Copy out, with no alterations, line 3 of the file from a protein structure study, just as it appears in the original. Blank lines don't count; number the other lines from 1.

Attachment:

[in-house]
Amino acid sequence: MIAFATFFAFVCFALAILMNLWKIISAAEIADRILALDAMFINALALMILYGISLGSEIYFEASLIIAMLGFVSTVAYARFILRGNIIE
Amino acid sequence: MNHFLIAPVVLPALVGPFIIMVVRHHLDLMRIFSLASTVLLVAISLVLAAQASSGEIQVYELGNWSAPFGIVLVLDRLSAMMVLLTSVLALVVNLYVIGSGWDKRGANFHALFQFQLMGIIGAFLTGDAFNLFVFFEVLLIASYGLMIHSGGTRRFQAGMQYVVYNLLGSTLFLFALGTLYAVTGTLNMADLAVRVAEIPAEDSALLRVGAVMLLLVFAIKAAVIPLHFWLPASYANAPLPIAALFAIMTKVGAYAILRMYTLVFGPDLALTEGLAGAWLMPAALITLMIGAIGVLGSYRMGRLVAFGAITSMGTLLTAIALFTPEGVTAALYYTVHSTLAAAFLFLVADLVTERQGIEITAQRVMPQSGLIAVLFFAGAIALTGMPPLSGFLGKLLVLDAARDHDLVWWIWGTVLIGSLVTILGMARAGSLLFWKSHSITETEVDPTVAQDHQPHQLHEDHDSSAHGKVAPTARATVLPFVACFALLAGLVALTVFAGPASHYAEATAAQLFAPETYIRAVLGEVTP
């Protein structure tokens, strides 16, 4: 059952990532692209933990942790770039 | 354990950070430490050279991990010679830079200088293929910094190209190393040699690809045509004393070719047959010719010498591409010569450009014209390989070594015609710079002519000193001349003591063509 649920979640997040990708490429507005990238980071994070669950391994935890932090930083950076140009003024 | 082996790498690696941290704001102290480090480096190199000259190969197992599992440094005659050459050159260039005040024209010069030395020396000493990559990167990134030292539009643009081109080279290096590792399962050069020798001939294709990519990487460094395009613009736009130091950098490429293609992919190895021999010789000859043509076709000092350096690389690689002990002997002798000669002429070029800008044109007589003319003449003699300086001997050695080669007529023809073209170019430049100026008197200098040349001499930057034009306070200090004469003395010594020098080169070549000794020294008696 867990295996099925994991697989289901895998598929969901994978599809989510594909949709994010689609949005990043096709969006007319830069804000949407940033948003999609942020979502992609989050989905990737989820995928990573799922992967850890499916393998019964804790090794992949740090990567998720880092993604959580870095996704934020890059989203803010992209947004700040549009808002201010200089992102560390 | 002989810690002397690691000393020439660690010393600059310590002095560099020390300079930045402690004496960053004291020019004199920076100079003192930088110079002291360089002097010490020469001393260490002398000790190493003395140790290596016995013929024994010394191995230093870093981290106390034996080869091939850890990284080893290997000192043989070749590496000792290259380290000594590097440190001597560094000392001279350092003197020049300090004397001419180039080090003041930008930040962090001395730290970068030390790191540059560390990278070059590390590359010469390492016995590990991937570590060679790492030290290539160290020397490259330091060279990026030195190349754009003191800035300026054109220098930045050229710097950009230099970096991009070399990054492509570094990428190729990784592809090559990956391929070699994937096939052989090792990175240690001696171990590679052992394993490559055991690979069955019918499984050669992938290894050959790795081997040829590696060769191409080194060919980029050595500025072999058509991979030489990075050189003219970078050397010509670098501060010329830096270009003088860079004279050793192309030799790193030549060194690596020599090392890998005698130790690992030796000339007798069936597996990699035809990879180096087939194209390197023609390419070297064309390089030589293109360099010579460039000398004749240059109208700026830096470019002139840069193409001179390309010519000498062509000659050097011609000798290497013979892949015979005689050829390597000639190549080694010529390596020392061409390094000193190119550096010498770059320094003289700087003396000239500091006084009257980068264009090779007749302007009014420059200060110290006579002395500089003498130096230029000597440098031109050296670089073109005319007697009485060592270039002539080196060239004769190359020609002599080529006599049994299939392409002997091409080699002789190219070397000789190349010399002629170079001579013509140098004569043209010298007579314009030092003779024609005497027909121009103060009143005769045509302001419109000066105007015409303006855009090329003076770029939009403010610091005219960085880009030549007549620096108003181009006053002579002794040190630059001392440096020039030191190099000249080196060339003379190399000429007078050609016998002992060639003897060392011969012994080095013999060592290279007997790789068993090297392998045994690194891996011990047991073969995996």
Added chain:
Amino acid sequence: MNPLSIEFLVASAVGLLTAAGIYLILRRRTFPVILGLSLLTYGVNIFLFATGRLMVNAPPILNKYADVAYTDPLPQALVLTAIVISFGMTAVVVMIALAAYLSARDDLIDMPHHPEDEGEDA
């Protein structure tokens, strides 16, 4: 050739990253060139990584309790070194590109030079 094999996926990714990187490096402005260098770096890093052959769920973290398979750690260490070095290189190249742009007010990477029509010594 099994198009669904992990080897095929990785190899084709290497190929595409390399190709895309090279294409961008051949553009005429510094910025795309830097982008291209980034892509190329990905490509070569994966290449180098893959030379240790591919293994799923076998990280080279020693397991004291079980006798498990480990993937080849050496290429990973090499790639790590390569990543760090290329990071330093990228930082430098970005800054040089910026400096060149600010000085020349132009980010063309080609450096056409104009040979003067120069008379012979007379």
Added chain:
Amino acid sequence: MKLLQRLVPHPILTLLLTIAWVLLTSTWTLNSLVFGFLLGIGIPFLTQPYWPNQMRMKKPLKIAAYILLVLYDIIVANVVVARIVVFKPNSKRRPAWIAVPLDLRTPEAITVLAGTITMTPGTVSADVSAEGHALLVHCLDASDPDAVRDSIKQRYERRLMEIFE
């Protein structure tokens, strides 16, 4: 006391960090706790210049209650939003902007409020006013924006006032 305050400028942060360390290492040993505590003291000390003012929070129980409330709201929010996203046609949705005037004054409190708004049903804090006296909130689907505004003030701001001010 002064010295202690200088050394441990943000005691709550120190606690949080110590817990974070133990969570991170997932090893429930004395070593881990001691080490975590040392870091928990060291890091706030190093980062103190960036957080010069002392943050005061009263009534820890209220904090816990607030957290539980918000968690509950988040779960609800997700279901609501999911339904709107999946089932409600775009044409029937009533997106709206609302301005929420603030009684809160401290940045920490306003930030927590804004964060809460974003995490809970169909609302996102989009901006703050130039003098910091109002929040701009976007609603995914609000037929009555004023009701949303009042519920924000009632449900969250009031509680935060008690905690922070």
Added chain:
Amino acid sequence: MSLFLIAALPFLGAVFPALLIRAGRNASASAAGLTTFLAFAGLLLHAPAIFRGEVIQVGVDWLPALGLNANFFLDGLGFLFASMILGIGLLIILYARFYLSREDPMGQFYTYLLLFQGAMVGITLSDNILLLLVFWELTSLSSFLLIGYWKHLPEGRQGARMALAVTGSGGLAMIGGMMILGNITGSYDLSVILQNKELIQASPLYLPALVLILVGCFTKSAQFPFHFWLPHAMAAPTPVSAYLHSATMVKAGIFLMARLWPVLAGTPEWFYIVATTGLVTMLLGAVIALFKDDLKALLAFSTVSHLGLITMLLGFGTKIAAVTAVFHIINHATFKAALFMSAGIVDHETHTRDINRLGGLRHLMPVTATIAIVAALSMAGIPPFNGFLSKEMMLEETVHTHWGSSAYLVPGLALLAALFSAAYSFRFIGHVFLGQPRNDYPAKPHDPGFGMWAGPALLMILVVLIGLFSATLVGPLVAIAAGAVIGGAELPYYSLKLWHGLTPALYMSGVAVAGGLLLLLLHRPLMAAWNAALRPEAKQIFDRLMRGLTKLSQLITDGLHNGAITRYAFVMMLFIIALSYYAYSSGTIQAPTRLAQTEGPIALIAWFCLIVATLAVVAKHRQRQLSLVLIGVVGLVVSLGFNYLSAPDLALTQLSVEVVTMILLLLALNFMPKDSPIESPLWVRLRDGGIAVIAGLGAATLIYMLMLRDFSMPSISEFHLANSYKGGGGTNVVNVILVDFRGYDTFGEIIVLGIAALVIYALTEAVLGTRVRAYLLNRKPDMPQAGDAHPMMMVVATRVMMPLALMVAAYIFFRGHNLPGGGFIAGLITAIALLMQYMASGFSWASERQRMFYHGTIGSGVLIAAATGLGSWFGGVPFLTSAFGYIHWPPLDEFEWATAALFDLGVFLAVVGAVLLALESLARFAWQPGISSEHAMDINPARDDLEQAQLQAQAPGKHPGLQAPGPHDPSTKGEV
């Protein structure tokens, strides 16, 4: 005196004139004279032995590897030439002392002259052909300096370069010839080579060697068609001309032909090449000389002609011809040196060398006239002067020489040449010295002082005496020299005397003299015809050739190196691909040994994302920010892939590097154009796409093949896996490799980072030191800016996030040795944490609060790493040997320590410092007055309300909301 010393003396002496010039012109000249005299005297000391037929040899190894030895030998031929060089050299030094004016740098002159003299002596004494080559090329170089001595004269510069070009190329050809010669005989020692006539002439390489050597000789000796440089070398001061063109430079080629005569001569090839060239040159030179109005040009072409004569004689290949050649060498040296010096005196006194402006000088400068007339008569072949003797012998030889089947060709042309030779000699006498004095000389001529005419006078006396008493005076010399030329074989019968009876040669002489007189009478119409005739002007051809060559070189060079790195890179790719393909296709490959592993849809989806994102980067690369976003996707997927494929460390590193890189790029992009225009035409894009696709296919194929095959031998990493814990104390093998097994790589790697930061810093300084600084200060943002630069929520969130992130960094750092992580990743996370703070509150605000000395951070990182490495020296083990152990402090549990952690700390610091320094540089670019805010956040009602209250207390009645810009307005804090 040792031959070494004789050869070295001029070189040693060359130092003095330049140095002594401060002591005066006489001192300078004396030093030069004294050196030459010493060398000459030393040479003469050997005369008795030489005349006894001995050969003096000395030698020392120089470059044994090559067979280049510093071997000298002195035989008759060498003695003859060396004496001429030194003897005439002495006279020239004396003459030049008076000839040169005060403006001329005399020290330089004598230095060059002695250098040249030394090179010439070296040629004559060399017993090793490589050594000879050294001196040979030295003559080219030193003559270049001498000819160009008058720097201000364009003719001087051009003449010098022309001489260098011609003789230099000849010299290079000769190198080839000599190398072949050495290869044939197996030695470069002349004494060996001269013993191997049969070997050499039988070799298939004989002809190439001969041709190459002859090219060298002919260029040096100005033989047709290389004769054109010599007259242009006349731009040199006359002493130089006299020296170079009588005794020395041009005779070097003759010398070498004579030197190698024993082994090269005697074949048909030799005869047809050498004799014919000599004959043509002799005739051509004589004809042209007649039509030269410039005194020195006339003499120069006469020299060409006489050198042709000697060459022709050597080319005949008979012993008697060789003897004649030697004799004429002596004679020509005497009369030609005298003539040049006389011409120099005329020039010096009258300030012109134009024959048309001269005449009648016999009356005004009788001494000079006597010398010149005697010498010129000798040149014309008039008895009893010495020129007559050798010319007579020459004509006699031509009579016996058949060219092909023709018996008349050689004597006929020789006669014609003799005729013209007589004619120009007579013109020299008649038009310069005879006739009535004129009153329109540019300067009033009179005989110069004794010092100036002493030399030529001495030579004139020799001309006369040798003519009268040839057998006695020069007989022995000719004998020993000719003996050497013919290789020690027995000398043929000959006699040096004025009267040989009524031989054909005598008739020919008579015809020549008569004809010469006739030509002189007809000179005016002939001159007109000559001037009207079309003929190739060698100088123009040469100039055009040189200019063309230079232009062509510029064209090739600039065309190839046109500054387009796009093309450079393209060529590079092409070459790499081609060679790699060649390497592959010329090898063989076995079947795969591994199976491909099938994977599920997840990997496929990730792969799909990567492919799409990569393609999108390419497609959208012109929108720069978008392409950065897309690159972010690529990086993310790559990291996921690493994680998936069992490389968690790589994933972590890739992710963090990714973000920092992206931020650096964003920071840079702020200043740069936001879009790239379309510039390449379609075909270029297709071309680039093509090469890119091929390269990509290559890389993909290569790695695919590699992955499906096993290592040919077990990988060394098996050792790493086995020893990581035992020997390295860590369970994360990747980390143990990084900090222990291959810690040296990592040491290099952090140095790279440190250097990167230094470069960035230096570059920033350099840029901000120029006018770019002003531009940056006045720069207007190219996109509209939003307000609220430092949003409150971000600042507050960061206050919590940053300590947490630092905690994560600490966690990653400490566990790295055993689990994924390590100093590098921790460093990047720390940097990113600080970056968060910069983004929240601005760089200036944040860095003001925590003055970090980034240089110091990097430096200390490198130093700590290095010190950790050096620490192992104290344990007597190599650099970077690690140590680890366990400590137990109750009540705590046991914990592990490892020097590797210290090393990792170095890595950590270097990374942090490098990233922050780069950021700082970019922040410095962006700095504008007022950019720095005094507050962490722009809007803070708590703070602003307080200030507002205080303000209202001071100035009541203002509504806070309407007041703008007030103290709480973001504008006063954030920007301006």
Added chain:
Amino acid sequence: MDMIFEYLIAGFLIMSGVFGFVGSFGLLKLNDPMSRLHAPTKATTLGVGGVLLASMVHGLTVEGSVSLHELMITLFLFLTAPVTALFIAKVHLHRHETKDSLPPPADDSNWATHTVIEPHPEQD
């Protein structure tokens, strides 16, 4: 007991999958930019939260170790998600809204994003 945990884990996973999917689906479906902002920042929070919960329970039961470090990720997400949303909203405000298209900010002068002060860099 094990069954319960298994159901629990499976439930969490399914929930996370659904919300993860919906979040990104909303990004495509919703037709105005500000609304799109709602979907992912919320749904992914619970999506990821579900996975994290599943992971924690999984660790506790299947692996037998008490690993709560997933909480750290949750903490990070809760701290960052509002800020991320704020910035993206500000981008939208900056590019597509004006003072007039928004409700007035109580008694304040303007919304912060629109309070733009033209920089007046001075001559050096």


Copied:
Amino acid sequence: MNHFLIAPVVLPALVGPFIIMVVRHHLDLMRIFSLASTVLLVAISLVLAAQASSGEIQVYELGNWSAPFGIVLVLDRLSAMMVLLTSVLALVVNLYVIGSGWDKRGANFHALFQFQLMGIIGAFLTGDAFNLFVFFEVLLIASYGLMIHSGGTRRFQAGMQYVVYNLLGSTLFLFALGTLYAVTGTLNMADLAVRVAEIPAEDSALLRVGAVMLLLVFAIKAAVIPLHFWLPASYANAPLPIAALFAIMTKVGAYAILRMYTLVFGPDLALTEGLAGAWLMPAALITLMIGAIGVLGSYRMGRLVAFGAITSMGTLLTAIALFTPEGVTAALYYTVHSTLAAAFLFLVADLVTERQGIEITAQRVMPQSGLIAVLFFAGAIALTGMPPLSGFLGKLLVLDAARDHDLVWWIWGTVLIGSLVTILGMARAGSLLFWKSHSITETEVDPTVAQDHQPHQLHEDHDSSAHGKVAPTARATVLPFVACFALLAGLVALTVFAGPASHYAEATAAQLFAPETYIRAVLGEVTP